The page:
Bidding On A Coffee-Table Photo Book-1

Bidding On A Coffee-Table Photo Book


Coffee table book printing costs for print brokering clients may be obtained promptly. It collaborates with all printing firms (printing services that specialize in books, large-format banner designs, marketing collateral, etc.).

A small book of photographs, however, presented a unique project that presented challenges. Coffee table book printing costs online can serve the purpose. The photographer had obtained prices from numerous on-demand book printing vendors identified on the Internet and had chosen greater quality and a cheaper unit price instead.

Concentrating Just On Book Printing Providers

You picked eight book printers with whom you had previously worked for coffee table book printing pricing estimates. You only approached book printers because you knew they would be skilled in the case-binding component of the work and would provide the most affordable cost (i.e., they would be cheaper than commercial printing services).

You compared my short selection of printing firms to a list of book printers I discovered online from around the United States. To be cautious, they utilized the list to stimulate their memories. You only approached book printing companies you have previously dealt with and trusted.

A Few Printing Possibilities For The Customer

You got two proposals from printing businesses, each of which approached the project differently. One printer tendered the contract on uncoated Finch Fine paper in a 5″ x 5″ format (rather than 6″ x 6″). The cost of this printer was little more than half of the highest bid (granted, based on slightly different specs).

A couple of printing businesses that had “no-bid” the project returned to me with ideas. One suggested printing the job using a web-fed inkjet machine. An alternative printer suggested an electrophotographic sheetfed digital press (i.e., color xerox). On both occasions, they stated that outstanding printed examples would be required.

What Can The Eight Suppliers Teach You?

  • Color printing across a book is a costly technique. Not all book printing companies will do this. Most are accustomed to merely making color inserts.

Handwork (such as the ribbon placeholder) is costly.

  • The cost of printing heavy-coverage ink on books and sheets is high.
  • For lengthier novels, headbands and footbands appear to be the best option (more pages).
  • It is costly to laminate a printed cover sheet to a chipboard. In certain circumstances, cloth binding the book and adding an additional printed dust cover is less expensive.
  • It’s a good idea to ask the printer whether technology is most cost-effective depending on page count and press run: digital or offset.
  • This is not a precise science. In order to execute the job in-house and keep their rates low, the printing businesses made alterations to the specifications depending on their own equipment (size and format of their presses). You could have an entirely different experience than I had if you contacted other printing firms.
  • Request bids from as many printing businesses as possible, and make your specs as flexible as feasible. Certain specs may have to be changed to stay under budget.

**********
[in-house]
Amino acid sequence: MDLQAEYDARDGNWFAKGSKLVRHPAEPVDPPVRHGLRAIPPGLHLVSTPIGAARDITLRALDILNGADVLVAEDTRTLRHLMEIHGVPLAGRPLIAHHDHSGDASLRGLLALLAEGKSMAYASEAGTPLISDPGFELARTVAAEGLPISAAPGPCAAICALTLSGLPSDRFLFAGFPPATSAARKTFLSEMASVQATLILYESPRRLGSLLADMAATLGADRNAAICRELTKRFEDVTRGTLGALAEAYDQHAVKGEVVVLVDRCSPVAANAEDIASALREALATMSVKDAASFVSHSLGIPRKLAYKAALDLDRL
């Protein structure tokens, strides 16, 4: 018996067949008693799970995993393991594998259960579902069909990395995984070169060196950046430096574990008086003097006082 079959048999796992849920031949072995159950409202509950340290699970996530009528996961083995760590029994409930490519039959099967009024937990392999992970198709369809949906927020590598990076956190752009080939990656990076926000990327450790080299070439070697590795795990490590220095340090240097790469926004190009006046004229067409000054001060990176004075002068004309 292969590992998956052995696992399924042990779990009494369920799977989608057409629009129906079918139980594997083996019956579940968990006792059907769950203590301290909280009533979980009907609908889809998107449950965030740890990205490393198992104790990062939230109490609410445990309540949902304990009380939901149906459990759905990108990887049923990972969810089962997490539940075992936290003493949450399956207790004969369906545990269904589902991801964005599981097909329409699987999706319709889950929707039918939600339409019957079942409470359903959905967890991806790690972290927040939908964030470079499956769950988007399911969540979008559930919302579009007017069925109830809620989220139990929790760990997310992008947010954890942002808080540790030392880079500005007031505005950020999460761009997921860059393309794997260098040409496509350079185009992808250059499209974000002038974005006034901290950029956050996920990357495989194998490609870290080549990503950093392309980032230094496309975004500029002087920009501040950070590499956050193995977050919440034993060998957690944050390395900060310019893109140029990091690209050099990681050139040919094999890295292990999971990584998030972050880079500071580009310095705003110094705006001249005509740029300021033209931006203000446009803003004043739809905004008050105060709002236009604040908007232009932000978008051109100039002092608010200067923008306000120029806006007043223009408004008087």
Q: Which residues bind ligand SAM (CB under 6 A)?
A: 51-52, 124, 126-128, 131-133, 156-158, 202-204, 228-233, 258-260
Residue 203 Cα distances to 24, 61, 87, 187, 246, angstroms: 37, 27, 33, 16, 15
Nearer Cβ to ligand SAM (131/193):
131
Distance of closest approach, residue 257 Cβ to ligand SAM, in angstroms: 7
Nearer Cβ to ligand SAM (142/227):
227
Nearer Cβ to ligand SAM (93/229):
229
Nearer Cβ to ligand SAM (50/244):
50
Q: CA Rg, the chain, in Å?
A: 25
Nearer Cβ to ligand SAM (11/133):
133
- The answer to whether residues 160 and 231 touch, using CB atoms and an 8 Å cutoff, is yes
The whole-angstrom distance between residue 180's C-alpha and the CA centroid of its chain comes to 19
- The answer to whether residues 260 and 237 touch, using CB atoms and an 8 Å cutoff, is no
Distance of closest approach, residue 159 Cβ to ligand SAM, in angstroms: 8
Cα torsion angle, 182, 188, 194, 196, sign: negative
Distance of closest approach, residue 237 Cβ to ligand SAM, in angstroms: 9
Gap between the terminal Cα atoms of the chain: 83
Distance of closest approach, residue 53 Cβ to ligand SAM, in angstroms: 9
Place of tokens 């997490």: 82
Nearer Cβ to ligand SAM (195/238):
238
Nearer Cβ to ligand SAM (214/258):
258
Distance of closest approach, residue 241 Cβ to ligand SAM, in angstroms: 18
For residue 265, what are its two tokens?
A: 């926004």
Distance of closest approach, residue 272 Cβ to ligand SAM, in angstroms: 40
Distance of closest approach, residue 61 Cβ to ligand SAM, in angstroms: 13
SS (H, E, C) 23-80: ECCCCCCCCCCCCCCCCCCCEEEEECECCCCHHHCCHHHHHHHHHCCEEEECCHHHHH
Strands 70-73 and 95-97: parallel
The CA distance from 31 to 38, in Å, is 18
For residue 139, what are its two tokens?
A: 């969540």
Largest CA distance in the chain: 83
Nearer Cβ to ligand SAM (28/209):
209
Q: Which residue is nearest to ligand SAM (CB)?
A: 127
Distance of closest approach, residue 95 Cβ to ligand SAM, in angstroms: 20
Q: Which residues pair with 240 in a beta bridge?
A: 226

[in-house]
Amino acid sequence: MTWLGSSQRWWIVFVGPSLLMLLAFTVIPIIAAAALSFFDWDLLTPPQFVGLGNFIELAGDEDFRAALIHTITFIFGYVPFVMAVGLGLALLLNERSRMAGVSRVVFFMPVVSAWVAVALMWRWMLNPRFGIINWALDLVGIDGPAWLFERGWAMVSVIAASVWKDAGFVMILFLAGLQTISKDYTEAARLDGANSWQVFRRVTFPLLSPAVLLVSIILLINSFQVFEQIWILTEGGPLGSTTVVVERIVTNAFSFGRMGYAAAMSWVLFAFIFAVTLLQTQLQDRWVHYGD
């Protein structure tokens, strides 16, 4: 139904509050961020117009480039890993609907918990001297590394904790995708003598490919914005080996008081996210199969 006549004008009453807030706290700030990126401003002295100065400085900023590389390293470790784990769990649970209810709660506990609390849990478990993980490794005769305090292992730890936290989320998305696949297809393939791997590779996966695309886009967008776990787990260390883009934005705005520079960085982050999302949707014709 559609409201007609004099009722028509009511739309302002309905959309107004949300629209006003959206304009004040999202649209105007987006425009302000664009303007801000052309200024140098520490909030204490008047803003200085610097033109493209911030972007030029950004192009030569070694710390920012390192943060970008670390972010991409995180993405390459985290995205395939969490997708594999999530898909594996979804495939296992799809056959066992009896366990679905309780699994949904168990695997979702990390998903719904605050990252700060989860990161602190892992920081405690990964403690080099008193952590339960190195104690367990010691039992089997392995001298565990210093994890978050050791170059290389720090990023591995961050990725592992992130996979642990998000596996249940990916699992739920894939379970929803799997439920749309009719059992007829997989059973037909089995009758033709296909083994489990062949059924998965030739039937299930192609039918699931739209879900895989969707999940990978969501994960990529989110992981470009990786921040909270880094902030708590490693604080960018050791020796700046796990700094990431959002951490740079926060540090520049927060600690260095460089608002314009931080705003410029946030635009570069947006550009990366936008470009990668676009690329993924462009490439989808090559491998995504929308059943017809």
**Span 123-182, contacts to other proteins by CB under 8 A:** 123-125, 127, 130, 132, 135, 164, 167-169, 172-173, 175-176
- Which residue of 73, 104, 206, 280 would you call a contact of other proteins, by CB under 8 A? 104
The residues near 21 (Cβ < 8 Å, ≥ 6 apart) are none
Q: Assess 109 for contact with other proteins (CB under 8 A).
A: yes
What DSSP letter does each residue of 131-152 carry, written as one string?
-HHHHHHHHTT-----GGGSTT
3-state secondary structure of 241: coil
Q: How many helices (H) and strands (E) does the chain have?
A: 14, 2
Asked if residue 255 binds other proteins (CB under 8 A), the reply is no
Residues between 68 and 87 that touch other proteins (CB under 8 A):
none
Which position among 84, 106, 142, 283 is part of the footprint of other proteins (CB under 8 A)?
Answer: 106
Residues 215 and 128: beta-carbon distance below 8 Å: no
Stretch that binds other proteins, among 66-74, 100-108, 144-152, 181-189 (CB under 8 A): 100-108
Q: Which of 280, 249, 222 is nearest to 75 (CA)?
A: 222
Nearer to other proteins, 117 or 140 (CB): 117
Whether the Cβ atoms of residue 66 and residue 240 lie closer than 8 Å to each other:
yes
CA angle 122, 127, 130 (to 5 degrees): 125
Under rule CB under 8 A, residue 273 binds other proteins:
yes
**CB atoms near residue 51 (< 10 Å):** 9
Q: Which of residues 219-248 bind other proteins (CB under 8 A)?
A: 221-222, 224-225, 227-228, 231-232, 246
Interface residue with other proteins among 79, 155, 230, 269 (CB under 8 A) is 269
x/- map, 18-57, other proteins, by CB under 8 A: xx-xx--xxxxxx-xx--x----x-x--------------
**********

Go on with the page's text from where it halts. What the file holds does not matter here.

• Finally, continue to look. There may be a printer who can execute your “unique” project for a reasonable fee.

The Reaction To The Bid Solicitations Surprised The Clients

Due to the extensive color usage throughout the text, five of the eight book printing providers “no-bid” the contract. The majority of book printers produced either black-text-only books or black-text books with process color inserts (one or only a few signatures printed in color with the balance of the text pages in black ink or black and a PMS color).

To remain competitive, one of the three printing businesses who did submit a proposal intended to manufacture the project in Mexico and dictated a smaller text sheet than they had asked. This book printing company was likewise unable to add headbands and footbands to the book, but they were able to add the ribbon placeholder (by hand, which would be expensive). The printer recommended all adjustments to the specifications in order to maintain the cost competitive (i.e., this is what their Mexico plant could handle, and this printing plant was their best bet for the job).

Printing Run Specifications For A Book

The customer wants to print a 200-page case-bound book with process color throughout in a press run of 500, 750, or 1000 copies. There will be no dust jacket and the cover will be printed. The text will be printed on silk-coated paper. the customer would also want a “ribbon placeholder” (like you see in Bibles and appointment books). This is a coffee-table book. Hence the greatest production values are required.

Finally, Some Good Fortune.

As the work finished this piece, the printer with the highest pricing called me. THis factory had taken another look at the job. They may print the book using a 51″ press (38″ x 51″ press sheet) instead of a 40″ press (28″ x 40″ press sheet). This would enable bigger signatures (more pages per signature and hence fewer signatures, fewer press runs, fewer plates, fewer wash-ups, etc.). They would cut their costs in half.

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